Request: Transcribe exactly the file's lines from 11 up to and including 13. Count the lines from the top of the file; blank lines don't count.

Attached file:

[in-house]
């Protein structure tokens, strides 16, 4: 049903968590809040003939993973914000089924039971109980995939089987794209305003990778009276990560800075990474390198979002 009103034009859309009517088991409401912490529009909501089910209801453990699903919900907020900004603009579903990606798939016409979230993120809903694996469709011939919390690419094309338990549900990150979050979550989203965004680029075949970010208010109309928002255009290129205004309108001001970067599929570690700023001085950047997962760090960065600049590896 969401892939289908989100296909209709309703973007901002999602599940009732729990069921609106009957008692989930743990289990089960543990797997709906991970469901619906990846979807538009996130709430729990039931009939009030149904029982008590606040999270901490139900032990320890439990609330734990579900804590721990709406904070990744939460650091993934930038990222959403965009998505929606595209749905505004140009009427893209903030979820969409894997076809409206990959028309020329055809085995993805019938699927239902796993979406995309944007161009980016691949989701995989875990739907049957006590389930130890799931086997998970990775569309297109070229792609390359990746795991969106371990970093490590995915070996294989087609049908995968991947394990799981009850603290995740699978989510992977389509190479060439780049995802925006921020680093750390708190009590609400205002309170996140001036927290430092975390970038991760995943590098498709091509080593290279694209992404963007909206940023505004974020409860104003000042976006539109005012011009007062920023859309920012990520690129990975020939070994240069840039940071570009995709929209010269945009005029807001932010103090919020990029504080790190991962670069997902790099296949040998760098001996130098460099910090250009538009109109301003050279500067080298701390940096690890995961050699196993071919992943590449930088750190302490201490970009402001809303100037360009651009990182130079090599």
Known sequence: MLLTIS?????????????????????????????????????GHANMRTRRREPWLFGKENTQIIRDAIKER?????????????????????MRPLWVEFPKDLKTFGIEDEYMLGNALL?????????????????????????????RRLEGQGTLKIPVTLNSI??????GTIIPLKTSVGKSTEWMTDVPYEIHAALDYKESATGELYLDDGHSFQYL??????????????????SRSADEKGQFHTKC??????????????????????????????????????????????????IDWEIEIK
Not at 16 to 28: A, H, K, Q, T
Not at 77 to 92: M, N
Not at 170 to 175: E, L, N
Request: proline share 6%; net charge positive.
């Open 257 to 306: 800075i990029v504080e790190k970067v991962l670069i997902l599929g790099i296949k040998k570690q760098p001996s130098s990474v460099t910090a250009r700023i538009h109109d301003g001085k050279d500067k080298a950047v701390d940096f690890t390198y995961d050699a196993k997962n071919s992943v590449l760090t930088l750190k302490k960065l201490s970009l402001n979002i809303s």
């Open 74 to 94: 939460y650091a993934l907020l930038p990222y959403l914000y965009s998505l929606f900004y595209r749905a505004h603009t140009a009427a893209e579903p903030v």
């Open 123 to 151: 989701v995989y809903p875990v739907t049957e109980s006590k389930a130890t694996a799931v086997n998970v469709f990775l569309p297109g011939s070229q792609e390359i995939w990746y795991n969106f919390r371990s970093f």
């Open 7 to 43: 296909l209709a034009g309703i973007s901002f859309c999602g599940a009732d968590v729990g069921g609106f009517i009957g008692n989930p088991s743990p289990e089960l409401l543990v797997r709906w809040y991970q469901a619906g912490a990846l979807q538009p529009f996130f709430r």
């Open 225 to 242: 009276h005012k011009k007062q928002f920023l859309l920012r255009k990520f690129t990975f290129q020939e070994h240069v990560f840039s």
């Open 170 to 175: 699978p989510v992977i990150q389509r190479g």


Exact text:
């Open 7 to 43: 296909l209709a034009g309703i973007s901002f859309c999602g599940a009732d968590v729990g069921g609106f009517i009957g008692n989930p088991s743990p289990e089960l409401l543990v797997r709906w809040y991970q469901a619906g912490a990846l979807q538009p529009f996130f709430r």
């Open 225 to 242: 009276h005012k011009k007062q928002f920023l859309l920012r255009k990520f690129t990975f290129q020939e070994h240069v990560f840039s």
């Open 170 to 175: 699978p989510v992977i990150q389509r190479g």